WALTER CALDWELL ROBINSON (1893-1968)
Robinson was born the son of sharecroppers in Larkinsville, Alabama, on
July 17, 1893. His family, which lived in Alabama, worked the farm of a
white man until Walter was nine years old.
Walter's parents, Joseph and Elizabeth Robinson decided to move to Chattanooga, Tennessee, when he was nine, seeking better employment and educational opportunities for their children. In Chattanooga their economic status improved, but, due to segregation and discrimination, their "plight" remained bleak.
In spite of these despairing circumstances, the children -- Floyd, Monroe, Jessie, Rosa, Fannie, Amanda, and Walter C. Robinson -- were able to lift themselves to a high level of participation in a tightly segregated society.
Walter Robinson showed signs of becoming a businessman and leader at an early age. At age eleven, he secured employment in a foundry and by age sixteen was operating a laundry business of his own. He married one of his neighbors and classmates, Cora Adair. To this marriage were born seven children: Evelyn, Marian, Walter, Jr., Jesell, Camille, Lucille, and Alma Lee.
Walter, Cora, and their children were very active members of the Second Missionary Baptist Church. Robinson became president of the Baptist Young People's Union soon after joining the church. At age twenty-one, he became a trustee of his church. Robinson was an asset to the church because he was able to influence outstanding ministers to accept the pastorship of the church. After becoming a politician, Robinson was able to raise large sums of money for religious undertakings by asking wealthy whites for donations. He began attending the meetings of the city's fourth ward. Because of the interest he exhibited in ward, local, and national politics, as well as his leadership ability? he was elected chairman of the fourth ward by defeating Hiram Tyree, who had been ward leader for many years.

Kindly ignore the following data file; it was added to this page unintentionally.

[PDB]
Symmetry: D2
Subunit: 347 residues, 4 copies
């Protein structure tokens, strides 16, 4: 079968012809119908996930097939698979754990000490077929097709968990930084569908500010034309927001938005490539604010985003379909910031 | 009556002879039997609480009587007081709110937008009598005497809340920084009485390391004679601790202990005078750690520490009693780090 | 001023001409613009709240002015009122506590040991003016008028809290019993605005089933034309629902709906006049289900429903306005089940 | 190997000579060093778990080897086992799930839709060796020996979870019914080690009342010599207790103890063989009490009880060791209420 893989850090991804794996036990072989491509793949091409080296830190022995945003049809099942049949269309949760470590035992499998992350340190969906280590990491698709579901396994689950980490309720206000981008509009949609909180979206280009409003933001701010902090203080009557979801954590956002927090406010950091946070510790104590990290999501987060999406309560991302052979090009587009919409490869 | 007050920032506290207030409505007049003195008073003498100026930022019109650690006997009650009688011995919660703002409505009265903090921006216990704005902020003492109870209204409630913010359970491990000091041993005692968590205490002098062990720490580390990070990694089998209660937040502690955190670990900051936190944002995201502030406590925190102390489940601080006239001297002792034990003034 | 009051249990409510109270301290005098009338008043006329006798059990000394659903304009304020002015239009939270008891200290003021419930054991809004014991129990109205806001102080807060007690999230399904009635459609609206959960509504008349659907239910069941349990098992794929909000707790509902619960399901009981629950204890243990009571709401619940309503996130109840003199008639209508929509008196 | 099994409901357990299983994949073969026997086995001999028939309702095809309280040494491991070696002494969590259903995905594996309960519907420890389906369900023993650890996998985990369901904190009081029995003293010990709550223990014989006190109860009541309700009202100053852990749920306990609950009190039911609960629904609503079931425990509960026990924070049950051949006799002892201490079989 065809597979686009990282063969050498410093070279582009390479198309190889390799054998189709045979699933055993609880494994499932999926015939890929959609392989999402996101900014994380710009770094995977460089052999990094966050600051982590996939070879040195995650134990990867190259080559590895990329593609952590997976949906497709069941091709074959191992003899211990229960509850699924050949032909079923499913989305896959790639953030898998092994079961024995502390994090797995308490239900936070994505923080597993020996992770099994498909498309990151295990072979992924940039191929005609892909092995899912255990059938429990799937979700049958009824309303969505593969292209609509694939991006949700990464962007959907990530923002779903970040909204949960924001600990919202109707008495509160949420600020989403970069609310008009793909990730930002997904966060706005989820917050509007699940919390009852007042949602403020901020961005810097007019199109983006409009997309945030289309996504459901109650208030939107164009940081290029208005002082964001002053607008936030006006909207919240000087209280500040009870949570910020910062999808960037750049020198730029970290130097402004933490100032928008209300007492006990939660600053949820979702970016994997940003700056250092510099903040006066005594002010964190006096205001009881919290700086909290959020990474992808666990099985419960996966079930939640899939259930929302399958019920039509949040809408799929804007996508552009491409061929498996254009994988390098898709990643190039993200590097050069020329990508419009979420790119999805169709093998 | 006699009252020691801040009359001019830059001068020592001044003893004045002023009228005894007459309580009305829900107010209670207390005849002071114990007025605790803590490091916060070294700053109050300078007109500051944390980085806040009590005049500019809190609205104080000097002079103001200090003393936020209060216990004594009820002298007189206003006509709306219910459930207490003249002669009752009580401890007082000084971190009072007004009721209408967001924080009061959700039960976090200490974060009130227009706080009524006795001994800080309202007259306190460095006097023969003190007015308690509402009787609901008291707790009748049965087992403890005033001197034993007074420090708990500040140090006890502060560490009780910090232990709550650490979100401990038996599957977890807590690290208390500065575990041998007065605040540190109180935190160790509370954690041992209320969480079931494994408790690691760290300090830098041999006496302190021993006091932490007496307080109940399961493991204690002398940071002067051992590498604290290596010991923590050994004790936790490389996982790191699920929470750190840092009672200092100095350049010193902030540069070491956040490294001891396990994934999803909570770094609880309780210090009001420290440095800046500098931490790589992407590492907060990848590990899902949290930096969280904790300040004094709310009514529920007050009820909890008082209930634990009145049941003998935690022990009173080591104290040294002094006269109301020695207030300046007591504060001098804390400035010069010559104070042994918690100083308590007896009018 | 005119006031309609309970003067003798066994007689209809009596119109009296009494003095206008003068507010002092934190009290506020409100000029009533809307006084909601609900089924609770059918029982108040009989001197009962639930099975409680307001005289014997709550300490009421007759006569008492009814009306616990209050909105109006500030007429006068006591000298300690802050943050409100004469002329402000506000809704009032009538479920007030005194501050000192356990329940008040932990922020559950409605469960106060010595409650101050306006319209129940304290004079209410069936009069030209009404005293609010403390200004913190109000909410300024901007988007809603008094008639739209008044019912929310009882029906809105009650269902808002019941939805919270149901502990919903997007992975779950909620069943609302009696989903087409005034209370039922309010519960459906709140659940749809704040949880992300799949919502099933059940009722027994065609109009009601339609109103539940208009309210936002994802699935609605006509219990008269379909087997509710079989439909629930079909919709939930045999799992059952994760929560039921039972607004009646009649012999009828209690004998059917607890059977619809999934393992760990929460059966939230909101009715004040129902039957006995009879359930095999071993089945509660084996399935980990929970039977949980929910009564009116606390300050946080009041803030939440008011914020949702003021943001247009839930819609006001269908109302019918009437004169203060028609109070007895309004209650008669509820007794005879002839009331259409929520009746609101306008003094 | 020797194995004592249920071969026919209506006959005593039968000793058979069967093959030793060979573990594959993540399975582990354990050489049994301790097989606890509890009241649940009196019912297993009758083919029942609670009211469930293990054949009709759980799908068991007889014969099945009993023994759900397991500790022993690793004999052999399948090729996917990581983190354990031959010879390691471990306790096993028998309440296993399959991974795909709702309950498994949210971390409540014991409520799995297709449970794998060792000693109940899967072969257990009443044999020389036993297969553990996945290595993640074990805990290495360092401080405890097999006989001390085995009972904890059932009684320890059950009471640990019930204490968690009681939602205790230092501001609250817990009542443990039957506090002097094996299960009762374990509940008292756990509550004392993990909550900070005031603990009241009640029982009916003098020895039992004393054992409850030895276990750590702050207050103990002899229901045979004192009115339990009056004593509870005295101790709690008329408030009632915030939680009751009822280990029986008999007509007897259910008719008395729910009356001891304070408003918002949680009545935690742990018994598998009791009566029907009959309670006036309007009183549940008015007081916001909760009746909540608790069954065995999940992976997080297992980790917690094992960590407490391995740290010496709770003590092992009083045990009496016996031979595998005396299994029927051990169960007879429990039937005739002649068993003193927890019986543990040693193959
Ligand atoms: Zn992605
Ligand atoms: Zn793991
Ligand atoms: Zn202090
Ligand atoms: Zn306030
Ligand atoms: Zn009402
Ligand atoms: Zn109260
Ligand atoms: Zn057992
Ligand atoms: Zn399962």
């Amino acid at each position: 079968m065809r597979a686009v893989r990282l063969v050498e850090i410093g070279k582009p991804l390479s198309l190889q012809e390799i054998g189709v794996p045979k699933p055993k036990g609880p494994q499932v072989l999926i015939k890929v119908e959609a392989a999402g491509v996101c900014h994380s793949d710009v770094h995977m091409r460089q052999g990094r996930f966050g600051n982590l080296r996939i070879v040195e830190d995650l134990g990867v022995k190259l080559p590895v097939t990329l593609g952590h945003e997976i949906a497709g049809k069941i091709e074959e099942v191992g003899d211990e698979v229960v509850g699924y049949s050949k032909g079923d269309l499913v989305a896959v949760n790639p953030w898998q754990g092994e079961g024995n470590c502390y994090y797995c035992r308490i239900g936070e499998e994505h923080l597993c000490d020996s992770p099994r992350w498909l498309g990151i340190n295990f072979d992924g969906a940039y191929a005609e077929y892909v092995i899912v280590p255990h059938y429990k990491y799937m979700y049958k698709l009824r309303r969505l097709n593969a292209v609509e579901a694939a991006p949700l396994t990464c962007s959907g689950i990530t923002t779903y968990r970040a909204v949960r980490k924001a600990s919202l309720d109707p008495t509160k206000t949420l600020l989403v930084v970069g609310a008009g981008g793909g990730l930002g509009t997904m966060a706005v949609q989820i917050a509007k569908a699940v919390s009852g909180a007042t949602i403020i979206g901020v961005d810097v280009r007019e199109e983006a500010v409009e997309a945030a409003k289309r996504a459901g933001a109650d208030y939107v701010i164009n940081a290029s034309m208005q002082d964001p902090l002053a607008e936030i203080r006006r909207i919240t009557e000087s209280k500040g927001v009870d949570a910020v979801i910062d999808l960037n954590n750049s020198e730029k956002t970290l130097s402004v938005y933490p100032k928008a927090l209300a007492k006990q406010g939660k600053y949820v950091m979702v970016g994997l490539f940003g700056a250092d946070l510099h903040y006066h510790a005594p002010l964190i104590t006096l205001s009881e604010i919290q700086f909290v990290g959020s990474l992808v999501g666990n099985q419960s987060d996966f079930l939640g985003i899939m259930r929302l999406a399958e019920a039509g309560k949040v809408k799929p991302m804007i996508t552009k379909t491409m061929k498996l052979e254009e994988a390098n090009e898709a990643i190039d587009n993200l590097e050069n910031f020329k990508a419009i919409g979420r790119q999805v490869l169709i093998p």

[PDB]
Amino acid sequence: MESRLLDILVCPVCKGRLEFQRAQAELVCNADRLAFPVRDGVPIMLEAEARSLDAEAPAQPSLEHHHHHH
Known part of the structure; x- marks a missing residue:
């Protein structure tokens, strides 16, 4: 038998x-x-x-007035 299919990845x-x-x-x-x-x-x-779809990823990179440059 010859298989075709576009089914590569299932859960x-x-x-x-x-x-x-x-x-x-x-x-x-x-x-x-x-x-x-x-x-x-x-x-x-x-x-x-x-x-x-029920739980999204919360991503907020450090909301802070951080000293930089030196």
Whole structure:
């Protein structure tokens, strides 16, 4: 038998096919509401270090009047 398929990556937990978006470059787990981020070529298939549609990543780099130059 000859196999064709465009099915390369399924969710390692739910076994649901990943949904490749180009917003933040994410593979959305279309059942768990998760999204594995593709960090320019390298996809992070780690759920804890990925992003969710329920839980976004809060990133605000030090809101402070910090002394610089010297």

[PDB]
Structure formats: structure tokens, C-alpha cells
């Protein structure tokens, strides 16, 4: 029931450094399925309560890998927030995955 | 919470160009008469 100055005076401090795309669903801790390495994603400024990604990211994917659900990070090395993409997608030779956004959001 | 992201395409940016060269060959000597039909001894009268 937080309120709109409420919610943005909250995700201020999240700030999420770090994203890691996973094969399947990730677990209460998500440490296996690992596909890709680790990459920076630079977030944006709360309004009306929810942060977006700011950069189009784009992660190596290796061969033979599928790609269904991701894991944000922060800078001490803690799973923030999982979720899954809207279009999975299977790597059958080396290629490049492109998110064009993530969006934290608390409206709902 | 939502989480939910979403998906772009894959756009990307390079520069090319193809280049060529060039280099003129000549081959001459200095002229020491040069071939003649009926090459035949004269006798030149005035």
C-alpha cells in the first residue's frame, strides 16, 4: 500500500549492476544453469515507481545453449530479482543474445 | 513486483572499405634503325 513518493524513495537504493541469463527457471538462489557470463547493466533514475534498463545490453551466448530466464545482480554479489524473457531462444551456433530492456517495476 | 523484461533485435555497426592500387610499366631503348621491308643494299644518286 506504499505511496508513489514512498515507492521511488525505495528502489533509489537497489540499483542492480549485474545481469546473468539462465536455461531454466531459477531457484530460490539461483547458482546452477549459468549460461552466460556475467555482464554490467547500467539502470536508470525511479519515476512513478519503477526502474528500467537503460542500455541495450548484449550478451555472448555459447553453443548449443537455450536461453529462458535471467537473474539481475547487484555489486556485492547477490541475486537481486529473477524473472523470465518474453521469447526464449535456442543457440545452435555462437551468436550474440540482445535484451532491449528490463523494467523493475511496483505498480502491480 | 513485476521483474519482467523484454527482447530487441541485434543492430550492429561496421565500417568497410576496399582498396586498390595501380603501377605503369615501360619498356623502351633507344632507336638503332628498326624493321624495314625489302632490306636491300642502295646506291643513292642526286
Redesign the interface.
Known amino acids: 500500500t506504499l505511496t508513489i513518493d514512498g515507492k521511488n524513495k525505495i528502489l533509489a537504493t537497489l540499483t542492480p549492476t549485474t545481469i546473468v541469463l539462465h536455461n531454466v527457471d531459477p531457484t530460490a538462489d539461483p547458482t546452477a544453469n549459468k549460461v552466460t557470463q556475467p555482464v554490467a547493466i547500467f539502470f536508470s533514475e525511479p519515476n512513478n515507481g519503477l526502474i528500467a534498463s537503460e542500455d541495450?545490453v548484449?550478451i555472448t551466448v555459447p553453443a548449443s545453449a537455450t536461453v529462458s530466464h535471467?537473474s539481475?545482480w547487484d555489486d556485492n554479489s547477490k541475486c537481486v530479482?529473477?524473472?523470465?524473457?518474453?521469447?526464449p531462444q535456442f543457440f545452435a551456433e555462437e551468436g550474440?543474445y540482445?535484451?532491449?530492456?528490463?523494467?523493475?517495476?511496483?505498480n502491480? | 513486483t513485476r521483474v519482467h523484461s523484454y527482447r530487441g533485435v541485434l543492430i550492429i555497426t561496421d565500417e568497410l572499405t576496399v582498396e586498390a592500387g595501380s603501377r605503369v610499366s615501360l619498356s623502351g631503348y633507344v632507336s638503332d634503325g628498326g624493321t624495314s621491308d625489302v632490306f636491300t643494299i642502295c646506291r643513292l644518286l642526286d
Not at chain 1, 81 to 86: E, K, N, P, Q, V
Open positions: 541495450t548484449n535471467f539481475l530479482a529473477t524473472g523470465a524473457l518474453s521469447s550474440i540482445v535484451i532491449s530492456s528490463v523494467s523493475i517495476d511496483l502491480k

Walter Robinson was quite successful in creating interest and participation among black citizens. In a short while his influence spread throughout Chattanooga and Hamilton County. He organized the chairmen of all the black wards and established the Colored Voters League of Greater Chattanooga to gain recognition for blacks through a united political group. In 1926, the National Republican Executive Committee selected Robinson to conduct a campaign tour of northern and northwestern states. In his address, Robinson encouraged blacks to support the Republican national candidates for President, Vice President, and the Congress, because he felt that this was the best avenue for ending segregation and discrimination. As a result of his political involvements, he was chosen as alternate delegate to the Republican National Convention in Kansas City, Missouri, in 1928. Thereafter, he was an alternate delegate at each National Republican Convention until his health failed in 1963.
H. D. Huffacker was supported by Walter Robinson and the Colored Voters League of Greater Chattanooga for the position of Commissioner of Education in 1997. Huffacker was elected and, once in office, gave Robinson a job as a truant officer for the Chattanooga Public School System. He was responsible for seeing that black boys and girls attended school. Also, because of his leadership ability and influence, Robinson was given the responsibility for suggesting the blacks to be hired as teachers, janitors, and other positions in city departments. Robinson worked in this capacity until a candidate whom he opposed was elected Commissioner of Education in 1935.
Then Robinson began full-time work for the success of the newspaper business, which he started in 1933. This newspaper (The Chattanooga Observer) was initiated for the purposes of expressing his views to benefit the Republican party and to defeat candidates in local elections when Robinson felt they were not the best candidates for the good of the black citizens.
Robinson was continually elected chairmen of the fourth ward until urban renewal programs split the ward in 1959. He also was continually elected chairman of the Colored Voters League of greater Chattanooga until his death in 1968.
Malcolm J. Walker